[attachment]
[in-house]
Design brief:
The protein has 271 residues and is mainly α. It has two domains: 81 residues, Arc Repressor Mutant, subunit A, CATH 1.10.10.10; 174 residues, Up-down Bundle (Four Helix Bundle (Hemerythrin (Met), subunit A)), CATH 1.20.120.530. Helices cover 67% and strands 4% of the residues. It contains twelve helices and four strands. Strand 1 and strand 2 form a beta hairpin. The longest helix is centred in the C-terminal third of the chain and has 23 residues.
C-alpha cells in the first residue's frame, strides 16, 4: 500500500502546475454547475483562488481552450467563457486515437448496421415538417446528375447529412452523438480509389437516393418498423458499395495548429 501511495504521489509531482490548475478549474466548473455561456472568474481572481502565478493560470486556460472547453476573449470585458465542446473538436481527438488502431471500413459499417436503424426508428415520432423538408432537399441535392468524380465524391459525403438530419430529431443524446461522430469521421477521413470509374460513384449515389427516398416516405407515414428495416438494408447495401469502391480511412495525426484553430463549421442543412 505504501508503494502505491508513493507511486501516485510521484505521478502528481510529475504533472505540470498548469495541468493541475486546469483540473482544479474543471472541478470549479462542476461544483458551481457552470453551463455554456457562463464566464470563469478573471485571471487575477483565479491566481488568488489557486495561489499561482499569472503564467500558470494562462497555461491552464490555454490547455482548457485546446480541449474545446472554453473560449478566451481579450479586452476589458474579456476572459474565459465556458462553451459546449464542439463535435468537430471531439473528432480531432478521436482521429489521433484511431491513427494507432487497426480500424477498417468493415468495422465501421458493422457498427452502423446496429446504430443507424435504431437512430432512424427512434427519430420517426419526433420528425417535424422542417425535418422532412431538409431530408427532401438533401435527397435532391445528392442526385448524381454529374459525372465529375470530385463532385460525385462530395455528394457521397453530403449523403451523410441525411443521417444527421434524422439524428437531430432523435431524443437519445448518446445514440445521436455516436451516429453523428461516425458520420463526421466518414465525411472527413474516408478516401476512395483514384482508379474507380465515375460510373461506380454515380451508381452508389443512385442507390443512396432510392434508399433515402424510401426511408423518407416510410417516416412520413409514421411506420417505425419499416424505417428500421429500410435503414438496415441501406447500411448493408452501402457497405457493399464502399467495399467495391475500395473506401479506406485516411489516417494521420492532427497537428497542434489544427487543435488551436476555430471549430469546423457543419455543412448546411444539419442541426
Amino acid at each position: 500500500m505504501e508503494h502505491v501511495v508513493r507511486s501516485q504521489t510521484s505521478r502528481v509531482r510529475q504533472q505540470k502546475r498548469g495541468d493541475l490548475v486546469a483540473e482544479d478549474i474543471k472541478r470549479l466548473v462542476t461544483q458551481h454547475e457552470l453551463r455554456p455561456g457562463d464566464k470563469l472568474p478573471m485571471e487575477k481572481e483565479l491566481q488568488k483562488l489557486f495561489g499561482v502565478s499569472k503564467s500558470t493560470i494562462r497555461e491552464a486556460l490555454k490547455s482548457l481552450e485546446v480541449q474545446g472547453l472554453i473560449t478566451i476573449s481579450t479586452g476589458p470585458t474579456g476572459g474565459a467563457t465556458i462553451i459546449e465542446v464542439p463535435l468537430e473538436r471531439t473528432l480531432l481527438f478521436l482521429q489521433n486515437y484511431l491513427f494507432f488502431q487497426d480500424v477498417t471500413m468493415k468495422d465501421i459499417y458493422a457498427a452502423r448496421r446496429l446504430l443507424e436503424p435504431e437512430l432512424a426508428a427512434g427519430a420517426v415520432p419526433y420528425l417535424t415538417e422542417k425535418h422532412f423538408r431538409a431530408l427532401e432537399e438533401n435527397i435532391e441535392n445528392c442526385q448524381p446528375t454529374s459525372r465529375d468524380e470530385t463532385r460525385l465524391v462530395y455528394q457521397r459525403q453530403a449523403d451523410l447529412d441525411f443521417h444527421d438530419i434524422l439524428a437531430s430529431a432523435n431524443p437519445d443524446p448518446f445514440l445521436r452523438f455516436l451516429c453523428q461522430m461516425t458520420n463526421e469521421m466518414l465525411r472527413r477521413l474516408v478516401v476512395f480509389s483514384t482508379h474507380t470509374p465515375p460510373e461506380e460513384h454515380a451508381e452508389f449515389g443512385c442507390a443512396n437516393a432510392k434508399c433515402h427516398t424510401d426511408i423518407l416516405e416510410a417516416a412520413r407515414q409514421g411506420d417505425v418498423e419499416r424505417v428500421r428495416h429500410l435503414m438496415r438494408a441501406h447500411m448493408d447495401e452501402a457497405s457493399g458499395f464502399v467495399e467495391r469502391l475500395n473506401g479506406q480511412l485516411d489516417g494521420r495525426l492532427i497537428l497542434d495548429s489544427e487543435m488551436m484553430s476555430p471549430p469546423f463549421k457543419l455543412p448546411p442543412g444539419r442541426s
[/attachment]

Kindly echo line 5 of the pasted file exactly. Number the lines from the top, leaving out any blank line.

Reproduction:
Amino acid at each position: 500500500m505504501e508503494h502505491v501511495v508513493r507511486s501516485q504521489t510521484s505521478r502528481v509531482r510529475q504533472q505540470k502546475r498548469g495541468d493541475l490548475v486546469a483540473e482544479d478549474i474543471k472541478r470549479l466548473v462542476t461544483q458551481h454547475e457552470l453551463r455554456p455561456g457562463d464566464k470563469l472568474p478573471m485571471e487575477k481572481e483565479l491566481q488568488k483562488l489557486f495561489g499561482v502565478s499569472k503564467s500558470t493560470i494562462r497555461e491552464a486556460l490555454k490547455s482548457l481552450e485546446v480541449q474545446g472547453l472554453i473560449t478566451i476573449s481579450t479586452g476589458p470585458t474579456g476572459g474565459a467563457t465556458i462553451i459546449e465542446v464542439p463535435l468537430e473538436r471531439t473528432l480531432l481527438f478521436l482521429q489521433n486515437y484511431l491513427f494507432f488502431q487497426d480500424v477498417t471500413m468493415k468495422d465501421i459499417y458493422a457498427a452502423r448496421r446496429l446504430l443507424e436503424p435504431e437512430l432512424a426508428a427512434g427519430a420517426v415520432p419526433y420528425l417535424t415538417e422542417k425535418h422532412f423538408r431538409a431530408l427532401e432537399e438533401n435527397i435532391e441535392n445528392c442526385q448524381p446528375t454529374s459525372r465529375d468524380e470530385t463532385r460525385l465524391v462530395y455528394q457521397r459525403q453530403a449523403d451523410l447529412d441525411f443521417h444527421d438530419i434524422l439524428a437531430s430529431a432523435n431524443p437519445d443524446p448518446f445514440l445521436r452523438f455516436l451516429c453523428q461522430m461516425t458520420n463526421e469521421m466518414l465525411r472527413r477521413l474516408v478516401v476512395f480509389s483514384t482508379h474507380t470509374p465515375p460510373e461506380e460513384h454515380a451508381e452508389f449515389g443512385c442507390a443512396n437516393a432510392k434508399c433515402h427516398t424510401d426511408i423518407l416516405e416510410a417516416a412520413r407515414q409514421g411506420d417505425v418498423e419499416r424505417v428500421r428495416h429500410l435503414m438496415r438494408a441501406h447500411m448493408d447495401e452501402a457497405s457493399g458499395f464502399v467495399e467495391r469502391l475500395n473506401g479506406q480511412l485516411d489516417g494521420r495525426l492532427i497537428l497542434d495548429s489544427e487543435m488551436m484553430s476555430p471549430p469546423f463549421k457543419l455543412p448546411p442543412g444539419r442541426s